Governments and international institutions have played a crucial role in creating this deeply flawed food system.  Through the so-called green revolution, they have encouraged the spread of chemical-intensive monocrop farming  that deepen farmers dependence on these agri-companies while degrading the environment, increasing greenhouse gas emissions, reducing biodiversity and destroying the resilience of indigenous agricultural systems and livelihoods. 

At the same time, governments that have embraced neoliberal globalization have dismantled or neglected public and state support for marginalized rural communities such as research and extension, grain reserves, storage facilities, irrigation, infrastructure, as well as basic health, education and other social services.   On the other hand, they have strengthened monopoly control of TNCs over farm technologies and genes -- even those stolen from agricultural communities -- in the name of intellectual property rights. 

They have created an unjust trading system that forces small peasants to compete with subsidized produce from rich countries.  Trade liberalization is also creating more incentives to convert agricultural land to industrial uses; convert forests to plantations; and shift from food crops to cash crops for export -- all of which are major factors behind declining food-self sufficiency in the region.  It is also increasing commercial fishing intensity, further marginalizing artisanal fishers and lowering fish catch intended for domestic consumption and increasing food insecurity for coastal communities.  Countries with declining food self-sufficiency have become more dependent on food imports and therefore more vulnerable to volatility in commodity markets and food price inflation. 

Increased competition for ownership and control of land, forests, marine and other resources is leading to the displacement of communities, especially indigenous groups with no formal property rights over their ancestral domains.  And when communities put up resistance, they are often branded as insurgents, treated as terrorists, harassed and intimidated.  Local leaders and organizers are even abducted, tortured and executed as our experience in the Philippines demonstrates.

This is the tragic situation faced by peasants and small farmers throughout Asia and the world. 

But peasants and the rural poor are not mere passive victims in this unjust system.  In many countries, farmers, agricultural workers and peasant women are unwavering in their struggle to defend their land, livelihood and communities, stop landgrabbing, and demand genuine agrarian reform.  Members of APC together with other networks of peasants, farmers and advocates are continuing their campaigns against IRRI, GMOs, chemical pesticides and agrochemical TNCs.  Peasants and small farmers are also practicing and experimenting with agroecological farming methods adapted to local conditions and geared primarily to meet local food and non-food needs.  This is also enhancing the climate resilience of local food systems and as well as the livelihoods of communities.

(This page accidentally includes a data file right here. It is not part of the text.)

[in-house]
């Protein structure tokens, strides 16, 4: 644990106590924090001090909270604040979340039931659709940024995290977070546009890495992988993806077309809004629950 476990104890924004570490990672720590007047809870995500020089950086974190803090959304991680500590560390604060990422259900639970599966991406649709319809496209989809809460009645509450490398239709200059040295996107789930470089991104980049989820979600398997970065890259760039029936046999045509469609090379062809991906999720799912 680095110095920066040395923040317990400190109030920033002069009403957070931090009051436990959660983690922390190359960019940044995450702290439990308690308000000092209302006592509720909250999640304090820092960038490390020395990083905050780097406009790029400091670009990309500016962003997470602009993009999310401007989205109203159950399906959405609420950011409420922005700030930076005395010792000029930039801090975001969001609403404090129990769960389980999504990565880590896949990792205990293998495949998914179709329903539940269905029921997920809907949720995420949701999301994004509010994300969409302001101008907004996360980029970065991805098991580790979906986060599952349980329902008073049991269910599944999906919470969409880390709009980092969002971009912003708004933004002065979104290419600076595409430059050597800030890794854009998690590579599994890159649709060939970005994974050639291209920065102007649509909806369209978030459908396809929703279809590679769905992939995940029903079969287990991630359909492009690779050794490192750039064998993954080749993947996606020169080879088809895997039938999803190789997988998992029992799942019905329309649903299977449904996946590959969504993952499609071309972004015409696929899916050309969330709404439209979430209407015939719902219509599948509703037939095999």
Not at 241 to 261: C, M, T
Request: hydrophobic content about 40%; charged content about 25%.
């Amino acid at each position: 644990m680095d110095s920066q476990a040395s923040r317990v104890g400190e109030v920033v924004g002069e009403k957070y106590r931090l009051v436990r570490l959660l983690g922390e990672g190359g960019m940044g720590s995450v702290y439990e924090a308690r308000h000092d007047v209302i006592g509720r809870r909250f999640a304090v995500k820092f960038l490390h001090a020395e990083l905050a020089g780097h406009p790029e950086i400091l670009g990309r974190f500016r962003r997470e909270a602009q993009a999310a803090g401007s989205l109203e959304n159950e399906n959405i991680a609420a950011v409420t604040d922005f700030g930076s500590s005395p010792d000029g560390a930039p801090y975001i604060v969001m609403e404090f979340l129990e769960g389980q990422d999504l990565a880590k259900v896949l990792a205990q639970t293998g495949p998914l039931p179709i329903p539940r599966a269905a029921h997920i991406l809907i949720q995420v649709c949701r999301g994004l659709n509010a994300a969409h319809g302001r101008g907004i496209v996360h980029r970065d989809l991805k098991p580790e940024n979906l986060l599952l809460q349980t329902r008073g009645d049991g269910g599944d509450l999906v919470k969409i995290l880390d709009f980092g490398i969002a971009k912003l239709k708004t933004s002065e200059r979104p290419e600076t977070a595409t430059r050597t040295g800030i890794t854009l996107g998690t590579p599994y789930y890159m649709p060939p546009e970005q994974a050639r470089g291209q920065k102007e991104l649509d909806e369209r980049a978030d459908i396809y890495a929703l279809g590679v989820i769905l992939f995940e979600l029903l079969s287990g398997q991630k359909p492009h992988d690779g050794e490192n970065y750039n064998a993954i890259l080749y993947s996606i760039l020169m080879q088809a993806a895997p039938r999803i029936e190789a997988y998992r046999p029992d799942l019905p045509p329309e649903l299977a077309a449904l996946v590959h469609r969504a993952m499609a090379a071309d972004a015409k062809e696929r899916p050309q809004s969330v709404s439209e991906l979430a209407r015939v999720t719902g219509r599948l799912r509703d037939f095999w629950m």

The challenge for us is how to strengthen peasants' and rural people's movements to oppose imperialist globalization, claim our right to life and livelihoods, fight for genuine agrarian reform and struggle for people's food sovereignty because these will not be realized by simply making appeals to those in power.  We must strengthen solidarity with workers, the urban poor, other marginalized sectors and all those who are committed to economic and social justice. 

We call on governments, donors, and international institutions to adopt policies aimed at democratizing the distribution and control over productive resources in society, promoting greater employment and rising living standards especially among the rural poor.  Reversing neoliberal policies such as agricultural trade and investment liberalization that prioritize corporate profits over people and the planet is necessary and urgent.  We call on the FAO to ensure that the small farmers and the rural poor are heard and allowed to participate meaningfully even at the international level, and support programs that enable grassroots education, organizing and mobilization within and across borders. 

Finally, let us pay tribute to the countless number of peasants who have laid down their lives for the cause of freedom and justice.  Let us honor them by continuing their historic struggle!

Stop landgrabbing!
Struggle for Genuine Land Reform and National Industrialization!
Dismantle corporate monopoly over the global food system!
WTO out of agriculture!
Stop killing peasants who feed the world!  Justice for the victims of forced displacement, extra-judicial killings and enforced disappearances!
Long live international solidarity!

PCFS Secretariat
c/o 3rd Floor, IBON Center
114 Timog Avenue, Quezon City
1103 Philippnes
PO Box 1172 Quezon City Central Post Office
Phone : +63 (02) 927-7060 to 62
Fax : +63 (02) 9276981

E-mail: secretariat@foodsov.org
Copyright 2005-2007 People's Coalition on Food Sovereignty (PCFS)